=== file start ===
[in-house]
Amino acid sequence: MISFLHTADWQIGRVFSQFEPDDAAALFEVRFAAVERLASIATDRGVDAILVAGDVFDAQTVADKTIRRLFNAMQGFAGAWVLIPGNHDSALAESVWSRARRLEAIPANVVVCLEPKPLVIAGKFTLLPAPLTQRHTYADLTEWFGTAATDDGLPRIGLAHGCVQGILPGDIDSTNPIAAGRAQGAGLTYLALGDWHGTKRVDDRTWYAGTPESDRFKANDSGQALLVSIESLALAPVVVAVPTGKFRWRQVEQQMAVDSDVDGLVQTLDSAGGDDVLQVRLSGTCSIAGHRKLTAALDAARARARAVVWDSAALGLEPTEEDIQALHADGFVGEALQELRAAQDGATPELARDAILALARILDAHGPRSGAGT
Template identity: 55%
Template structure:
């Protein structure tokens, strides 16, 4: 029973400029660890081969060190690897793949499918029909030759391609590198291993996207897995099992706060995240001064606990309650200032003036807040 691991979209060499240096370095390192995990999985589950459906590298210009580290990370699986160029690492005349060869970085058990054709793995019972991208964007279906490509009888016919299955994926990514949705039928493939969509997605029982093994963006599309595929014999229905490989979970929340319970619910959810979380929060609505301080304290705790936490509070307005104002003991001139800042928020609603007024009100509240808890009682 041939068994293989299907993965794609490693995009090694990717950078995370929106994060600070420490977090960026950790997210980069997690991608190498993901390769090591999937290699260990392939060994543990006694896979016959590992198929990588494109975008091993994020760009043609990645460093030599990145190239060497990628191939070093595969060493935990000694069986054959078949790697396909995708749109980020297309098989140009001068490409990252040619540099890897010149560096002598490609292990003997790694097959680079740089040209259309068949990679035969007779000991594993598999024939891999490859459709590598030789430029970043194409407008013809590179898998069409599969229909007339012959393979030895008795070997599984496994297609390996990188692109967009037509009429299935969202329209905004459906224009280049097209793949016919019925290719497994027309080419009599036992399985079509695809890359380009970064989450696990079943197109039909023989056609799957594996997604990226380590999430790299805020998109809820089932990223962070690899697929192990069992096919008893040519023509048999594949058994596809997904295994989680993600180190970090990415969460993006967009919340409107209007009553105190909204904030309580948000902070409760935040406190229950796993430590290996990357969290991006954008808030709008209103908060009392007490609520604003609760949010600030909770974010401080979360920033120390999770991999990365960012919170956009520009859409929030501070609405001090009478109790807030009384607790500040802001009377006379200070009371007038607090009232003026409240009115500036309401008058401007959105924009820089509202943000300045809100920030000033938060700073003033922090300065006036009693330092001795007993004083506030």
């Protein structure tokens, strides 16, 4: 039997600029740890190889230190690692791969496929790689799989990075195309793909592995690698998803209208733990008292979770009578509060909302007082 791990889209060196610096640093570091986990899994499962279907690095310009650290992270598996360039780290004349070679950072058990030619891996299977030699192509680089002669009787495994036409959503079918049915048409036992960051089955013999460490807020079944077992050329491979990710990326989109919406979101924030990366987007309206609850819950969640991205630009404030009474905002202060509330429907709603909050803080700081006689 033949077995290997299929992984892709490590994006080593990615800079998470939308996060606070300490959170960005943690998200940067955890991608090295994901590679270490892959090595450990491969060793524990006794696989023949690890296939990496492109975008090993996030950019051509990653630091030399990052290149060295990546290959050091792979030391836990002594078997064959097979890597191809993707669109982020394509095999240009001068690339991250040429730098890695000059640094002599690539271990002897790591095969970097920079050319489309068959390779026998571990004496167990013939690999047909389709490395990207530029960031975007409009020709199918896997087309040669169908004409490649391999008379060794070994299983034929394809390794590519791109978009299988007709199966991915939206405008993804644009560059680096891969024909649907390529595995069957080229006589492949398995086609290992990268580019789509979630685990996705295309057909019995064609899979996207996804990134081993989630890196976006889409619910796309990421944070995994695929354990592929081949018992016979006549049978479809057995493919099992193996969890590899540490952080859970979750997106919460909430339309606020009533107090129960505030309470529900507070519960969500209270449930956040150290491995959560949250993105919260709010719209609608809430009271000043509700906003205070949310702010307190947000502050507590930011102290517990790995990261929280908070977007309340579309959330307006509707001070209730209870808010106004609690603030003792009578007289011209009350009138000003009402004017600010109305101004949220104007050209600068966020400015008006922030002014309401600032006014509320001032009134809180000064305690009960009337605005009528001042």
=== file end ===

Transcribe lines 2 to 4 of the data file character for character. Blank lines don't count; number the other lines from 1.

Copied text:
Amino acid sequence: MISFLHTADWQIGRVFSQFEPDDAAALFEVRFAAVERLASIATDRGVDAILVAGDVFDAQTVADKTIRRLFNAMQGFAGAWVLIPGNHDSALAESVWSRARRLEAIPANVVVCLEPKPLVIAGKFTLLPAPLTQRHTYADLTEWFGTAATDDGLPRIGLAHGCVQGILPGDIDSTNPIAAGRAQGAGLTYLALGDWHGTKRVDDRTWYAGTPESDRFKANDSGQALLVSIESLALAPVVVAVPTGKFRWRQVEQQMAVDSDVDGLVQTLDSAGGDDVLQVRLSGTCSIAGHRKLTAALDAARARARAVVWDSAALGLEPTEEDIQALHADGFVGEALQELRAAQDGATPELARDAILALARILDAHGPRSGAGT
Template identity: 55%
Template structure: